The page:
Tags: autism, awareness timefame of your choice, disability, marginalized groups
Usually, I just rant on Autism Awareness Day. This time, I figured I’d chill out and actually talk about my experiences with autism and why awareness is important to me.
I do have to get my annual Autism Awareness Day requests out of the way first, though:
- Please do not donate to Autism Speaks. The vast majority of their income goes to research so they can eradicate autism, instead of supporting existing autistic people; they use incorrect statistics; they create advertisements that paint autistic people as monsters and burdens; they fearmonger, they lie, and for an organization that calls itself Autism Speaks, they don’t seem to care one whit of what actual autistic people have to say, given that they have no autistic individuals on their board.
- Instead, if you feel the need to donate, please consider ASAN–the Autistic Self Advocacy Network. Nothing About Us Without Us.
- Many blog posts today will spread misinformation, make gross simplifications, be condescending, and generally ignore autistic individuals in favor of talking about their non-autistic family. Please avoid playing into this trend.
- (Also avoid using the puzzle piece symbol, if you could.)
- If you want to learn more about autism, please try to get this information from autistic people, and not solely from families or organizations. We should not be shut out of these discussions.
The below is very personal, and not always cheerful. If that makes you uncomfortable, you probably want to look away. I promise you, we’ll go right back to our regular writing-related ramblings later this week.
Looking at me, people would not peg me as autistic. I stim–usually by rocking back and forth or tapping my foot–but not outrageously so. I can communicate clearly and effectively. I am social, excitable, and have no problems recognizing expressions or moods. Although I’m sensitive to sound and touch, I’m unlikely to have extreme reactions.
(Well, I once kicked my grandmother when she tickled me without warning. Sorry, Grandma.)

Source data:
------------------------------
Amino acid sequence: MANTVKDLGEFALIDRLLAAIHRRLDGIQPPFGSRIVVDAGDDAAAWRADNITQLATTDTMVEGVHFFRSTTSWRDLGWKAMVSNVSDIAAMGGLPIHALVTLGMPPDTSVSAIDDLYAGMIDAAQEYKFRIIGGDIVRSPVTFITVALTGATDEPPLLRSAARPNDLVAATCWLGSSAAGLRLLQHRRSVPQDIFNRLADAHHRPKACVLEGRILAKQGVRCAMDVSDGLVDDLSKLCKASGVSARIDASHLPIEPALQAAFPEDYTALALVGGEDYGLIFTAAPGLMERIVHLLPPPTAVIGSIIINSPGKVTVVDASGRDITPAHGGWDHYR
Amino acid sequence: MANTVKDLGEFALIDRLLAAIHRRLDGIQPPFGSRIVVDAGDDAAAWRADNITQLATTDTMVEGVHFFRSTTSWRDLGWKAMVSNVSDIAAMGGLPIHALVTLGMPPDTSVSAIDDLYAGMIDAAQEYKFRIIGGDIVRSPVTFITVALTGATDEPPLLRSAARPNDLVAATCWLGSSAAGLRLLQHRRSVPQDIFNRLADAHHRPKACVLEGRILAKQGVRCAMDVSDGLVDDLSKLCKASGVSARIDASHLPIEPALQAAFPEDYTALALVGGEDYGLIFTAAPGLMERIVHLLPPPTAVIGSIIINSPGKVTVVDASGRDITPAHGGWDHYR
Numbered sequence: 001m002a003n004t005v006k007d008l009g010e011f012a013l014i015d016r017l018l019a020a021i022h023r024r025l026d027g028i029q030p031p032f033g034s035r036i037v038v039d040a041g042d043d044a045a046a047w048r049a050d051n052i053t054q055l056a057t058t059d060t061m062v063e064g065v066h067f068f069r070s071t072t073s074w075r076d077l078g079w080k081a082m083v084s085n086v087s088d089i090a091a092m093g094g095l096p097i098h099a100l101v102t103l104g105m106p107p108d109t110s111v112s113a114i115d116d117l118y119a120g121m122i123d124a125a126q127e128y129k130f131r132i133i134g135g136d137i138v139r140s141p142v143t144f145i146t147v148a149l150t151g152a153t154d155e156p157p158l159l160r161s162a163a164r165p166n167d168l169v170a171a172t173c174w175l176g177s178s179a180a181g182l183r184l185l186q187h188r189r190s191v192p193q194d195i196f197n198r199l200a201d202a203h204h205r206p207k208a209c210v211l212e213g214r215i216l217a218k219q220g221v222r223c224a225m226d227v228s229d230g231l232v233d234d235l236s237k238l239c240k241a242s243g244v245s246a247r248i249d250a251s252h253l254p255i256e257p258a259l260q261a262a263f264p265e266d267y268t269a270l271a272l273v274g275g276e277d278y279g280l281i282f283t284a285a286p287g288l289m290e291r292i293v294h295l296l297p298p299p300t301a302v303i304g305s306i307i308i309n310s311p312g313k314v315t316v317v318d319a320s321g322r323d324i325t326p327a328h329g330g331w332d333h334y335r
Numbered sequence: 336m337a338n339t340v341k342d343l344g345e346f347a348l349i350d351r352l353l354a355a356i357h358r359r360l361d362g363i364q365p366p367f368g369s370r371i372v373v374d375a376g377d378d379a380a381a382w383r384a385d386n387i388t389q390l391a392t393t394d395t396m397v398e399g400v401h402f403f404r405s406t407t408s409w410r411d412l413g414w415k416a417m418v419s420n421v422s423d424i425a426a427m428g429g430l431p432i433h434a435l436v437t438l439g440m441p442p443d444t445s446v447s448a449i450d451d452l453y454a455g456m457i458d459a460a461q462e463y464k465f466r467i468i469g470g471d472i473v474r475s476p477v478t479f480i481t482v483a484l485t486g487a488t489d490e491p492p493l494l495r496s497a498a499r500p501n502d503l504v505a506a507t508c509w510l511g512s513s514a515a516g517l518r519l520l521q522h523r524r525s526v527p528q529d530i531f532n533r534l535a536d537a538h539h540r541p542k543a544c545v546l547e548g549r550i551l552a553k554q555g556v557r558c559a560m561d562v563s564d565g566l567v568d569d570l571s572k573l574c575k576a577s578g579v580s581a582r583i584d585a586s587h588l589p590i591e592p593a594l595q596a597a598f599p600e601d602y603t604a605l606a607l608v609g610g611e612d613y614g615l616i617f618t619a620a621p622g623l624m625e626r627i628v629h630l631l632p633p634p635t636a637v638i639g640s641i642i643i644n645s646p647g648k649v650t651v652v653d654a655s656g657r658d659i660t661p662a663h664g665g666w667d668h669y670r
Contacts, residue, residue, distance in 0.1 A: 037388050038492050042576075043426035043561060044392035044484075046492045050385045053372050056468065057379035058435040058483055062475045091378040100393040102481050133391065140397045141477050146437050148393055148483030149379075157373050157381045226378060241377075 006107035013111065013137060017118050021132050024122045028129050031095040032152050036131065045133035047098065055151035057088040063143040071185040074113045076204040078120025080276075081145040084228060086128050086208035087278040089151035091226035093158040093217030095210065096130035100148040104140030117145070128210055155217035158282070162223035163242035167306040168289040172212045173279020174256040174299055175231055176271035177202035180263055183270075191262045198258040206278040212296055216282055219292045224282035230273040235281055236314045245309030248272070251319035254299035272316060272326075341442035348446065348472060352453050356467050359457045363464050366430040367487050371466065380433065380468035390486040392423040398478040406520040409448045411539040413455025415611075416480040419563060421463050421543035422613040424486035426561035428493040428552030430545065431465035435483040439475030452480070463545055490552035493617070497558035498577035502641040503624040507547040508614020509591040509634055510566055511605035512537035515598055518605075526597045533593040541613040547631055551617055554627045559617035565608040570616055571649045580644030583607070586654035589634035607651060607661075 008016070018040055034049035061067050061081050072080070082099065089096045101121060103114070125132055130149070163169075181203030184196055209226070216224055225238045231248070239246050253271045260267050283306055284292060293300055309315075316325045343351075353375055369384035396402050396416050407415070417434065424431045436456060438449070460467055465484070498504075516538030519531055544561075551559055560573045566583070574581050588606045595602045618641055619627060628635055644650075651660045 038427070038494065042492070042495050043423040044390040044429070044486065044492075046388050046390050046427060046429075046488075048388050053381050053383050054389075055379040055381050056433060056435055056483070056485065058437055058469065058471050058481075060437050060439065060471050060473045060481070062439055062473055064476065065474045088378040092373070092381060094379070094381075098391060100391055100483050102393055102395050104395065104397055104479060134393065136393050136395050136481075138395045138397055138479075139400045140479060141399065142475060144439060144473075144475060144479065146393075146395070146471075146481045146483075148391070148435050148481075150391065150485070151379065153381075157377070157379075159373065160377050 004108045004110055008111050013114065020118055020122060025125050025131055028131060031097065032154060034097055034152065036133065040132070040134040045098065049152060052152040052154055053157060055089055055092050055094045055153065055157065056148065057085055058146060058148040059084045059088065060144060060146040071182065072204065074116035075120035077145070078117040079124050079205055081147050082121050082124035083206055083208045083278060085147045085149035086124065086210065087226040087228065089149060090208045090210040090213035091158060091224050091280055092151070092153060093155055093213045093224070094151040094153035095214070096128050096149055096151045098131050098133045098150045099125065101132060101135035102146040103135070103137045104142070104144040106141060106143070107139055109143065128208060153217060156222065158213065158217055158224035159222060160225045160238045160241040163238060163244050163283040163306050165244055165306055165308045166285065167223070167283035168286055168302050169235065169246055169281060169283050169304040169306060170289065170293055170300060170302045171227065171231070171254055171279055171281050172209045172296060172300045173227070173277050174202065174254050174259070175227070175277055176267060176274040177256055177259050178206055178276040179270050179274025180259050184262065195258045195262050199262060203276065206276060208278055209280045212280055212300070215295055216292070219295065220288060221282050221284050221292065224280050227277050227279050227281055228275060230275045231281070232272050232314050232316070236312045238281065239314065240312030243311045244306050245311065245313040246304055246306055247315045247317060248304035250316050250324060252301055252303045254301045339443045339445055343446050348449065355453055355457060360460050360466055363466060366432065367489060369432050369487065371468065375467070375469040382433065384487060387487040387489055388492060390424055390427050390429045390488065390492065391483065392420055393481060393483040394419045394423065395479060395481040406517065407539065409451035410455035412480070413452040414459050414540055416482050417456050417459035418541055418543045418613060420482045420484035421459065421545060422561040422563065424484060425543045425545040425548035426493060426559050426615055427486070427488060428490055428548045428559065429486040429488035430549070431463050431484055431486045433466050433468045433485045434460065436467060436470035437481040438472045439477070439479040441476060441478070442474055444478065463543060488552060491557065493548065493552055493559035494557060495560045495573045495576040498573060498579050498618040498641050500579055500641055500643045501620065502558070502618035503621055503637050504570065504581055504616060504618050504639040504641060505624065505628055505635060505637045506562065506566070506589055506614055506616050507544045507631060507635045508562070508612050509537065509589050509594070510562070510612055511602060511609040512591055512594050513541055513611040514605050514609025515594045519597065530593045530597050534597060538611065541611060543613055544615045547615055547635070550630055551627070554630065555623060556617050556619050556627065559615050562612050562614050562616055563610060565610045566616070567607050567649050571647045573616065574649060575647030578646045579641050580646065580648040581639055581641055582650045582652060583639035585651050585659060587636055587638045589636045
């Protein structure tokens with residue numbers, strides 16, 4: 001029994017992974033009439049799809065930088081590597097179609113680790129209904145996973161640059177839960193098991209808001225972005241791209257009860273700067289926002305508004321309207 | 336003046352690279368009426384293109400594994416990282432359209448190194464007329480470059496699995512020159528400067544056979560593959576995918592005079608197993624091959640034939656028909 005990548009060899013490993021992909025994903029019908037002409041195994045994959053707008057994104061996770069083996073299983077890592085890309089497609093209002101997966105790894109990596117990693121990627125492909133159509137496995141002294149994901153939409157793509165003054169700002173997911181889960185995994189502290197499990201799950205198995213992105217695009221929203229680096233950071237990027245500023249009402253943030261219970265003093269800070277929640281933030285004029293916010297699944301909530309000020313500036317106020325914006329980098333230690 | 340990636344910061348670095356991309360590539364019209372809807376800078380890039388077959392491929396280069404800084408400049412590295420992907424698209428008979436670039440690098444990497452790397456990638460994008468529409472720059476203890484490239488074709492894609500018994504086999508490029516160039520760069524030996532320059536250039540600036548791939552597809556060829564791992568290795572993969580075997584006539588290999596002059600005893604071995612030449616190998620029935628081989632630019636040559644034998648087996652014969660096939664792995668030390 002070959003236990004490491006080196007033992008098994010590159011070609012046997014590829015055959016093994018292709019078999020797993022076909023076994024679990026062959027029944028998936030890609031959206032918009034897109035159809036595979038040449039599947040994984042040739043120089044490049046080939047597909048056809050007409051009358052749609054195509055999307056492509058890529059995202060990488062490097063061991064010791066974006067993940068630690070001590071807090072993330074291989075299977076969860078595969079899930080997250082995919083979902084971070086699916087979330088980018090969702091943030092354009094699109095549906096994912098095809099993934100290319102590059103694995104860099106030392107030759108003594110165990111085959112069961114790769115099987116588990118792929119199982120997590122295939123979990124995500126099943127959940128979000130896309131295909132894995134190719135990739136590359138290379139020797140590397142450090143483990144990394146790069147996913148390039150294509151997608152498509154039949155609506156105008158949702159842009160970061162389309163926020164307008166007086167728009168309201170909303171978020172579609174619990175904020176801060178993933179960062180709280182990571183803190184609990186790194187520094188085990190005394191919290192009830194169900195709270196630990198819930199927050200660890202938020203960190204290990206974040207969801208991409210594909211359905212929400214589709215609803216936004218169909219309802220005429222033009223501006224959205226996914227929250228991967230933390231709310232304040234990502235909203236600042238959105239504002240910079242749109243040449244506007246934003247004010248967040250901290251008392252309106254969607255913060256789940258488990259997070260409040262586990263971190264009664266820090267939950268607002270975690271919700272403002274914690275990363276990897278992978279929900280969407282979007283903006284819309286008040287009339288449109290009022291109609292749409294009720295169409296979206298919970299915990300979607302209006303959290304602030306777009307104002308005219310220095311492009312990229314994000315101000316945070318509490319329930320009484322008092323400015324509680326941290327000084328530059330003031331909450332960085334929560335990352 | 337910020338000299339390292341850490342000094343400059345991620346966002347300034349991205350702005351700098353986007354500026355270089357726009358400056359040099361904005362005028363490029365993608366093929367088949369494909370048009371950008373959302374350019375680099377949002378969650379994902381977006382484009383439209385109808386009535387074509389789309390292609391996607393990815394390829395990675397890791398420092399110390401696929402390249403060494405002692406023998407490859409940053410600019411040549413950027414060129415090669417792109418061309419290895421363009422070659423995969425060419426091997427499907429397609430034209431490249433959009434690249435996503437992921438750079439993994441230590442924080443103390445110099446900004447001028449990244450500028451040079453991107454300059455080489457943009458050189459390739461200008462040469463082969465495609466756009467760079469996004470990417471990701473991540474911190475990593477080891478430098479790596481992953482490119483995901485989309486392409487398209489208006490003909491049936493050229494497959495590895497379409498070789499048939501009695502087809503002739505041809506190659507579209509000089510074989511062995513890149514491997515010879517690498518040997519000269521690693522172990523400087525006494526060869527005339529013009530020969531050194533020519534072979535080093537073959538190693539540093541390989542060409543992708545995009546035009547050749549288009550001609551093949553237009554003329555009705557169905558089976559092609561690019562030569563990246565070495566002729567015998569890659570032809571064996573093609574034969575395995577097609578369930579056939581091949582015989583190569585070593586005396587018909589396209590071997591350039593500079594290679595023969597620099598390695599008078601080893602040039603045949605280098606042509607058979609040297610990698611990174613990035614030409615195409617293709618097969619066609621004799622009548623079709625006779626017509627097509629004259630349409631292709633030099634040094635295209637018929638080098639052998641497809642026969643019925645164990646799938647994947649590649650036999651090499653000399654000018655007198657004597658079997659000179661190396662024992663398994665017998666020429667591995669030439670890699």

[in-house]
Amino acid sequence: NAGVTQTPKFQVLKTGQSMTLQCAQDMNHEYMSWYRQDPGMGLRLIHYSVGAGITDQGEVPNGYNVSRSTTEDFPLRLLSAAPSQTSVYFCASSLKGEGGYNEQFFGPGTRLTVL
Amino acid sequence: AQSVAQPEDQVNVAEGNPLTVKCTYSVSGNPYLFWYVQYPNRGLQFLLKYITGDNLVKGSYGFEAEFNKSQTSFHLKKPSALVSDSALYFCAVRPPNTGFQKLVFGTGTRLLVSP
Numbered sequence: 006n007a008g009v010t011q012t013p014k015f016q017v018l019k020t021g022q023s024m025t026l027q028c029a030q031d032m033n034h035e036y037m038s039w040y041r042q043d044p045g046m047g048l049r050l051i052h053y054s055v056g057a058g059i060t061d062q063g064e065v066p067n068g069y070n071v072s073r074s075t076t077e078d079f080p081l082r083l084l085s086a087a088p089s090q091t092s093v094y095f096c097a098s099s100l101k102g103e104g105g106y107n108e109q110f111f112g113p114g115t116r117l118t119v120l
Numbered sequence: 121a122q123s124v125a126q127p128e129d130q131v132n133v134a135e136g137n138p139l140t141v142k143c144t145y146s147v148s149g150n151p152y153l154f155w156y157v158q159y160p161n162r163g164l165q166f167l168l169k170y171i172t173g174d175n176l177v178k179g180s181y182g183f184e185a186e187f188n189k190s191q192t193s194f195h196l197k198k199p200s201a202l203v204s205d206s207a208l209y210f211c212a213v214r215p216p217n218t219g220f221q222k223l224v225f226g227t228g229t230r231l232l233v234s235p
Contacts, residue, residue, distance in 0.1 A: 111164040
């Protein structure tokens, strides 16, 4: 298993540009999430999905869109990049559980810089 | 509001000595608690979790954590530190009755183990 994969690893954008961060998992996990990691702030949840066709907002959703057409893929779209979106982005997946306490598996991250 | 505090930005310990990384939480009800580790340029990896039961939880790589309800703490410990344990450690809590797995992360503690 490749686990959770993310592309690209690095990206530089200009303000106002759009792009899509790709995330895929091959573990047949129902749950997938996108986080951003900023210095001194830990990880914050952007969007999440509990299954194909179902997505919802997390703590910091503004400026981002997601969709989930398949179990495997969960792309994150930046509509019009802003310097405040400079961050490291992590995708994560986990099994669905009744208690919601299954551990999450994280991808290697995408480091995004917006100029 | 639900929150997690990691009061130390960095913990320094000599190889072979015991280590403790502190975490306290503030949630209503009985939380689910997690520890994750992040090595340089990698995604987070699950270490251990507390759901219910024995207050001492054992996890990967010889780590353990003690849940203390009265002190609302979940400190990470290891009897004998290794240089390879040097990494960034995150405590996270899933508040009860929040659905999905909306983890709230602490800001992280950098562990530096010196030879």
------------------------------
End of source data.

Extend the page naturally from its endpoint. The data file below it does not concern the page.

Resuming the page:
All of that means that I’m privileged. Complete strangers won’t look at me with pity or condescension. People will never call me a retard. I’m capable of taking care of myself, and I can manage friendships and relationships.
So why is autism awareness important to me?
Because without awareness–the good kind of awareness, not the trendy kind that focuses on little kids only–people don’t believe that I’m autistic. Family, classmates, teachers, co-workers, government officials, my own doctor. When people hear about the problems I do have, they’ll disregard them, because, hey, look at me! I’m young. I’m normal. Clearly I’m in that group of kids who were misdiagnosed as autistic, and now I’m taking full advantage of it. I’m doing this for attention!
I’m… not doing this for attention.
This is how autism has affected my life: I had my first suicidal thoughts at eight, and had to drop out of high school at fourteen because school–with so many people and classes and demands and responsibilities–meant that I could no longer walk down a street without wanting to throw myself in the path of an oncoming car.
I’m no longer suicidal or even depressed. I like my life. I like myself. I’ve improved by leaps and bounds. I even dig my autism, because for all the bad things it’s caused, it’s done a lot of good things, too. Above all, it’s part of me.
But: I’m on disability benefits, because even working one or two afternoons a week caused so much stress that I struggled to get anything done around the house. I’ve never been able to eat normally, and will gag uncontrollably when made to eat food I can’t handle. I’ve consciously had to train my social skills; I was very proud when I finally learned to say ‘Have a good night!’ to people. (Unfortunately, I blurted it out during mornings and afternoons as well.)
I can talk about how I prefer certain shapes of forks or how I can’t handle certain sounds or how I still can’t make eye contact or how when I get stressed sometimes I’ll slap myself in the back of the neck, but what it comes down to is this: That I’m doing well doesn’t mean I’m any less autistic. Put me back in school, give me a job, force me to eat a normal meal, put me in a situation I can’t deal with, and I’ll go right back to freaking out because I never built up a script to deal with those situations.
Like I said–I generally like my life. I don’t want pity. What I do want is understanding, and that’s why awareness–the good kind–matters. I have learned to adapt to the rest of the world so much, and if there’s things left that I can’t do… please take my word for it. Please don’t think I’m taking it easy on myself. Please don’t laugh in my face and go, “Oh, please, like you’re autistic!” Please don’t tell me a positive attitude is all I need to hold down a job.
It’s not encouraging. It’s not a compliment. And it’s not true.
I am at peace with my limitations, and I wish more other people could be, too.
Thank you for reading this.